I’ve recently been making a lot of noise in PR, social media and communications circles. ‘Noise’ as in ‘getting my name out there’. I wanted to make sure that potential clients heard about my new independent status. Maybe a couple of times. Or three. Or four 🙂
And I’ve been pondering whether such shouty behaviour is tiresome?
The thing is, I’m not one for blowing my own trumpet. Well, that’s not strictly true. I was told something by my former MD at BOTTLE about five years ago which I’ve not forgotten. He said to me that I needed to PR myself better, both within and outside of the agency.
I took that on board and I learned to blow my own trumpet. And I credit that, at least partly, to where I am now.
When my work won an award, I made sure everyone knew about it. When I was given the opportunity to write an article for a magazine, or supply a quote for a blog, I took it. When I was offered a speaking slot at Internet World, I snapped it up despite at the time being ‘unaccustomed to public speaking’ and being, to be honest, completely terrified.
As all this happened, I grew in confidence and things like training a room of 30 people or sitting on a conference panel not only ceased to phase me, but actually became really enjoyable. Nowadays, I love the buzz of helping strangers with stuff they can put into practice or speaking to a room full of professionals about something I’m passionate about and can pass on to them.
This all came back to me while having a chat the other day to Ann Hawkins, who has just had a book published. She casually dropped into a conversation that she had a call with her publisher…and then admitted that she shamelessly loves plugging that line. “If you’ve got it, flaunt it “, she said.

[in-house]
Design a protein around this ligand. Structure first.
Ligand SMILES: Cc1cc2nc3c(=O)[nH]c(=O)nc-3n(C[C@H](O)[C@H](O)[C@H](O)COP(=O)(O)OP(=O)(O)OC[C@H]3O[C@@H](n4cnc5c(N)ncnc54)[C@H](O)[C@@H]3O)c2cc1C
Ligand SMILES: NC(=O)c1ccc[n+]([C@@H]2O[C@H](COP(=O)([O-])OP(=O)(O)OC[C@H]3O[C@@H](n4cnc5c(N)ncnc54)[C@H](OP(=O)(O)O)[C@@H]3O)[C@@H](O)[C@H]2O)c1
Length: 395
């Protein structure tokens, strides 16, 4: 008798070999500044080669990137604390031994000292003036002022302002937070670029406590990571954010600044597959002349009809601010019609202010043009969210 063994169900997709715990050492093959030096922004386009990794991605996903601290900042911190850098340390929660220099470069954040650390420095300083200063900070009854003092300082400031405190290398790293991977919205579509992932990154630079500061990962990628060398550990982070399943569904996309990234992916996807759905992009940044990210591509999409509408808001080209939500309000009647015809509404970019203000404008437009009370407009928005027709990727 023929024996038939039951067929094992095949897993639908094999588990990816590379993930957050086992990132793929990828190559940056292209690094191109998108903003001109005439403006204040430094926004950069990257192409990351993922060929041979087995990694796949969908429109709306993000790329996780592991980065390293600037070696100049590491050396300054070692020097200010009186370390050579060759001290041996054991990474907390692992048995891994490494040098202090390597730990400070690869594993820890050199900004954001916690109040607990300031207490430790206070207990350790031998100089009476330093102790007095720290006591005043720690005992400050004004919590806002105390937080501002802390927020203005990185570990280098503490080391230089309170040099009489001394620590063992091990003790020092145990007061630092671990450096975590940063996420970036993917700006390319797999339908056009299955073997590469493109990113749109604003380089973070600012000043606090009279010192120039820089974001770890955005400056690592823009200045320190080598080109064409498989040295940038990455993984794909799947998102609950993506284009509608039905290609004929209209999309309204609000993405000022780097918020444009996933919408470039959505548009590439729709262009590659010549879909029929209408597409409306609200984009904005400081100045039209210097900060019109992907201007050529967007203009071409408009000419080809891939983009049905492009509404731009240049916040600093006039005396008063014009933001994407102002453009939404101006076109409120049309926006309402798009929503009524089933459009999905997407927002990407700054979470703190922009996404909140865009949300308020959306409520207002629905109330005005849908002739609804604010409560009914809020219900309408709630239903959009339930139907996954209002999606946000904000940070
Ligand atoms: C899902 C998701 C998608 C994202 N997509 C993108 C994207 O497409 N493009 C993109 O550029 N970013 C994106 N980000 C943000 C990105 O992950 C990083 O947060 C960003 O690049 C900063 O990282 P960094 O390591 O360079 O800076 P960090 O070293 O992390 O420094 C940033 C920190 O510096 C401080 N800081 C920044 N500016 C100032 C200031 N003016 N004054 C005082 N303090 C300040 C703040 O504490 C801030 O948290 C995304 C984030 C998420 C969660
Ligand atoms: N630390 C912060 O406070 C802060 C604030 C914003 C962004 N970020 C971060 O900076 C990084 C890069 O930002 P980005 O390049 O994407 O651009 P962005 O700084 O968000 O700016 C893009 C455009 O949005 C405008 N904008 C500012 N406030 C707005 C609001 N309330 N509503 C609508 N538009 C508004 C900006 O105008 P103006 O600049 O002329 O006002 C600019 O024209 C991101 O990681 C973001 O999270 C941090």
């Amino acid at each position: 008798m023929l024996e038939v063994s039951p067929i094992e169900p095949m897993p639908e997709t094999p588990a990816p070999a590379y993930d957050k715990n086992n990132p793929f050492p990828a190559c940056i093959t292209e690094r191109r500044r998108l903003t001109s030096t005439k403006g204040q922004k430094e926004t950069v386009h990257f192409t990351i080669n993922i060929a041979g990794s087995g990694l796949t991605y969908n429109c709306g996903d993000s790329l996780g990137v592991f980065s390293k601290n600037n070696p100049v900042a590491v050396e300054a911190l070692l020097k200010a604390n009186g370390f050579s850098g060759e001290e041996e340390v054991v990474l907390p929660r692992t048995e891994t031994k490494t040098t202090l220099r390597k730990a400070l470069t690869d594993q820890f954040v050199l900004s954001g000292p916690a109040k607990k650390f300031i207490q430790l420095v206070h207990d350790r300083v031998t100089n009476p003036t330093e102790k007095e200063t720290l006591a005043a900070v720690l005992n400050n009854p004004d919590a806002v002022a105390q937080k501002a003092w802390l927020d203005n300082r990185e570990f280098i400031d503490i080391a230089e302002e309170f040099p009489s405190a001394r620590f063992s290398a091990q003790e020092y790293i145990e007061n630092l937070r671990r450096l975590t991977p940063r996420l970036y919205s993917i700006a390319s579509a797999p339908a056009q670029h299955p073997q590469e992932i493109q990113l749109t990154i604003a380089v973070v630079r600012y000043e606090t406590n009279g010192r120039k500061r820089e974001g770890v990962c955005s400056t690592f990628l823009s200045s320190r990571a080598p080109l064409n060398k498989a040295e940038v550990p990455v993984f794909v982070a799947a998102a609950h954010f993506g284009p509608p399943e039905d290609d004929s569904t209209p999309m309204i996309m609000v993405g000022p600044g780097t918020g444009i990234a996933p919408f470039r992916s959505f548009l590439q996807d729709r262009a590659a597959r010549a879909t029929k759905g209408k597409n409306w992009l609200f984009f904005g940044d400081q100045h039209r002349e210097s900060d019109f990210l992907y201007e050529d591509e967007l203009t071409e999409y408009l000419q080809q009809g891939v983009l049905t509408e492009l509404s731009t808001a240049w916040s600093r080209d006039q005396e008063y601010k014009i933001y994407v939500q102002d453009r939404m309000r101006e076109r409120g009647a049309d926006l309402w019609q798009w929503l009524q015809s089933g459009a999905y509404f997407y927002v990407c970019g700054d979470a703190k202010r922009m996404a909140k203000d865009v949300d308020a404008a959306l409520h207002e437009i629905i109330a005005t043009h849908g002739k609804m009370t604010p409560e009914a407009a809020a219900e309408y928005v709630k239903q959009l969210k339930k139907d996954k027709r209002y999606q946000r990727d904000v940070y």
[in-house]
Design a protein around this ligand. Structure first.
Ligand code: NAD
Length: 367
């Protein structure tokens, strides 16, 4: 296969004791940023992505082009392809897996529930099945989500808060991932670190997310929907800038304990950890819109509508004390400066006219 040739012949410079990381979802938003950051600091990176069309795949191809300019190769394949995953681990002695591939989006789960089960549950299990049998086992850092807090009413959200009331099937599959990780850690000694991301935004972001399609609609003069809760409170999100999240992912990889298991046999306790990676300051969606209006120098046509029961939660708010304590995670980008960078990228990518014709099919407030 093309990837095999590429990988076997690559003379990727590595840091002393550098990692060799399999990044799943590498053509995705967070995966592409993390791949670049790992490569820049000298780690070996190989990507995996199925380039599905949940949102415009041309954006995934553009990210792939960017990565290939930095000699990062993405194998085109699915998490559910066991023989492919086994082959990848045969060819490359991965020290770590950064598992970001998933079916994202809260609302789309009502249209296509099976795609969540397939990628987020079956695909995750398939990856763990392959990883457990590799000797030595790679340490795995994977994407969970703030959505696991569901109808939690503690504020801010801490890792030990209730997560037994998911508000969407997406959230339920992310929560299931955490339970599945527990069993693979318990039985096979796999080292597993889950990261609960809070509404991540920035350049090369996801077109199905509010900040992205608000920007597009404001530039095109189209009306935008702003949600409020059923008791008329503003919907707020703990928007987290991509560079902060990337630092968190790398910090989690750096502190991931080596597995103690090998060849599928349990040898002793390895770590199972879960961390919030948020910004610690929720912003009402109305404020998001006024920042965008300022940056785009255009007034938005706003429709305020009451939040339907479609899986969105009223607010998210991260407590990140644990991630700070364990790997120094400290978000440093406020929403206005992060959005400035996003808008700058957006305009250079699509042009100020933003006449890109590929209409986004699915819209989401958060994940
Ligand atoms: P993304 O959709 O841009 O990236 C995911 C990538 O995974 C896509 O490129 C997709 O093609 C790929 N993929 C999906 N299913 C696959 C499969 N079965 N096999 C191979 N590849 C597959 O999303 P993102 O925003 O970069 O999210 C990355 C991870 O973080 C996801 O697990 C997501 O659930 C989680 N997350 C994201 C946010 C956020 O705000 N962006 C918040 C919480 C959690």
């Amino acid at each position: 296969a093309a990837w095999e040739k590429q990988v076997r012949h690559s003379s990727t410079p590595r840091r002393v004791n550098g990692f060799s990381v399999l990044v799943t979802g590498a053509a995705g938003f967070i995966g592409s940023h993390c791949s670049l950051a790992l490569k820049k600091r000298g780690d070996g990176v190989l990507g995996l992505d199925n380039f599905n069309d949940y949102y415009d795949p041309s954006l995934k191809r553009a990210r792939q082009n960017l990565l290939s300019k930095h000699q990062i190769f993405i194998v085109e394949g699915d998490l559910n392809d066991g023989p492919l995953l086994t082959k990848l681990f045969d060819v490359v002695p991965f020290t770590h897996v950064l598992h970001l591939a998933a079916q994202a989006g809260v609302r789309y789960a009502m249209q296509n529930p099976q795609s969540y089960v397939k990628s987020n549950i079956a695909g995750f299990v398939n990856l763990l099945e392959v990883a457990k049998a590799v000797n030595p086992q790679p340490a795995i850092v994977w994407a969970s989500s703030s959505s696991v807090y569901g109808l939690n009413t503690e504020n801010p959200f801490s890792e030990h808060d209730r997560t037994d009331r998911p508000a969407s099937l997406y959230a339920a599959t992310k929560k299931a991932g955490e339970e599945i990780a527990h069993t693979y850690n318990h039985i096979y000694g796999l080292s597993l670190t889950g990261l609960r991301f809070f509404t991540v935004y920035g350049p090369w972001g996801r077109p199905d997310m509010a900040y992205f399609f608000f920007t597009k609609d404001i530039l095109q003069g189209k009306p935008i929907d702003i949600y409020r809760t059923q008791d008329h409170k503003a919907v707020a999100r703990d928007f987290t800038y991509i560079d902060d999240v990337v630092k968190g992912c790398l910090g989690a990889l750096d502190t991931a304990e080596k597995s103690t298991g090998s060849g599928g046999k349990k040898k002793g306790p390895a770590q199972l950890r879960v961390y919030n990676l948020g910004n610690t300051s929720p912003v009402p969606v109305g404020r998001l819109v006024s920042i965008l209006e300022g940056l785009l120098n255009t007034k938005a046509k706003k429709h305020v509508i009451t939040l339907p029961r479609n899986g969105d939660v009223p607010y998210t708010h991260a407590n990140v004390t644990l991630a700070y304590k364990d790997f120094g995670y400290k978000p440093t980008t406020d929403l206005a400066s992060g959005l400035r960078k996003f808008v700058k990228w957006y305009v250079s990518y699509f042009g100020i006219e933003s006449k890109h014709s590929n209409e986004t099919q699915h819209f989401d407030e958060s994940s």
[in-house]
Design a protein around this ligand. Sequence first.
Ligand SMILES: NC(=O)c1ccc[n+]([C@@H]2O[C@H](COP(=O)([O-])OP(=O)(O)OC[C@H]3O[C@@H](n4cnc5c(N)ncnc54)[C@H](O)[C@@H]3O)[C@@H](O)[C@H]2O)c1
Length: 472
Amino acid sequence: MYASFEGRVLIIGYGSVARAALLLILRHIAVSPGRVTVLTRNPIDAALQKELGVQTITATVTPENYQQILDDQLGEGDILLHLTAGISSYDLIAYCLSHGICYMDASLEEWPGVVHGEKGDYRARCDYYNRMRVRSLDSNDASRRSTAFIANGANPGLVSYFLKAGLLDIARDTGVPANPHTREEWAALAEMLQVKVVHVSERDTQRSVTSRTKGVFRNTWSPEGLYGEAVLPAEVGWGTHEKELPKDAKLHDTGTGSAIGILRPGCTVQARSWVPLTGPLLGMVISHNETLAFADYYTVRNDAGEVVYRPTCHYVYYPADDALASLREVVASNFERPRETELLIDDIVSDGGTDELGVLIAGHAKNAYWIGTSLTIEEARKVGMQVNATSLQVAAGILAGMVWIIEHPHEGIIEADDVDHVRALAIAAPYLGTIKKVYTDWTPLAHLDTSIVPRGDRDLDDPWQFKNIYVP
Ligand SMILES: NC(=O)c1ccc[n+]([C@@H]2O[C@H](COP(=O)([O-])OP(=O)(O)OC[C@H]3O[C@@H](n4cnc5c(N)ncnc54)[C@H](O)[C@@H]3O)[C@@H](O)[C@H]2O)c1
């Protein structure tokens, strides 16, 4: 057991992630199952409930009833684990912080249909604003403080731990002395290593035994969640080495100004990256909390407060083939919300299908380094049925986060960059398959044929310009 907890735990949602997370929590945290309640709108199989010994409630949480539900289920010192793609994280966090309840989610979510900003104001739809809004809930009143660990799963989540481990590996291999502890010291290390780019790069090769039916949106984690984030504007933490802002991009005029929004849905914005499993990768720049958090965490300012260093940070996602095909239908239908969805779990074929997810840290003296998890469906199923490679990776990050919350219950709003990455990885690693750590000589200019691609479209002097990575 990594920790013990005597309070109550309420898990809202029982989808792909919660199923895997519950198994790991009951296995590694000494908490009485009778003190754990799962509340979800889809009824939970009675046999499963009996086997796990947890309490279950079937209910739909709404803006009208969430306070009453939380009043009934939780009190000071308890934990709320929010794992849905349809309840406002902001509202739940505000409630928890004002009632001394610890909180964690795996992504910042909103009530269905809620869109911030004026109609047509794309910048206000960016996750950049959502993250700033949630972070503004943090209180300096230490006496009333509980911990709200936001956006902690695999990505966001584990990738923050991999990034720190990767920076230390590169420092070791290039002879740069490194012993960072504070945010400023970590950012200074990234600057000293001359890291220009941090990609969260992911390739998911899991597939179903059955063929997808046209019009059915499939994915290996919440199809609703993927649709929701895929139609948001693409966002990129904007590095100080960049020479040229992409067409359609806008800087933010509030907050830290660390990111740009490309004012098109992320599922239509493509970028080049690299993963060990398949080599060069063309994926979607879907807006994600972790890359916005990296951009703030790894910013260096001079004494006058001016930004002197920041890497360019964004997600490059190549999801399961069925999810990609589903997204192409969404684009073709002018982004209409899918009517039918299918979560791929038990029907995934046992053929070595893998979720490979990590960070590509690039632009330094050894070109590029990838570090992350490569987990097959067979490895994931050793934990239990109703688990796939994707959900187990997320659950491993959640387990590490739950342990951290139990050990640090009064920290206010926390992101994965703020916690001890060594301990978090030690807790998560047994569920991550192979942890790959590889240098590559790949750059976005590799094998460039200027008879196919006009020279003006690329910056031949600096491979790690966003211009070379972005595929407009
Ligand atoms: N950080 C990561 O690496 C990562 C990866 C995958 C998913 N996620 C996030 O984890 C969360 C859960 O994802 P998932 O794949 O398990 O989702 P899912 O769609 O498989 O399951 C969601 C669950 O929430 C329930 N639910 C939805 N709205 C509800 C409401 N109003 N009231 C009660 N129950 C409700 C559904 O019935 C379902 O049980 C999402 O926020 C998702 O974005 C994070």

I agree with her.
To my original point, self-promotion doesn’t have to mean being arrogant or up one’s own arse. I would certainly hope that I don’t come across that way (although you’d know better than me).
It’s Up to You
If you want to get on in your career, you’ve got to make the most of the occasions when you deserve praise and kudos. If you don’t PR yourself, no-one else is going to. From personal experience, I’d thoroughly recommend putting yourself out there, developing your voice and stepping outside of your comfort zone. Help people: what you give, you shall receive.
It’s within your own power to develop your reputation and to control what the future holds for you.
It doesn’t matter whether you’re an account executive in an agency environment, a marketing director in a corporate organisation or the owner of a business, this something you can learn to do. And if you’d like some advice, mentoring may be something that would benefit you.
The key thing is to get over that initial awkwardness that comes with talking about yourself, to stop worrying about being shouty, and to learn how to PR yourself without being a jerk.
In the words of Fun Lovin’ Criminals:
Smoke ‘em, smoke ‘em, smoke ‘em if you got ‘em;
If you ain’t got ‘em, then you hit rock bottom.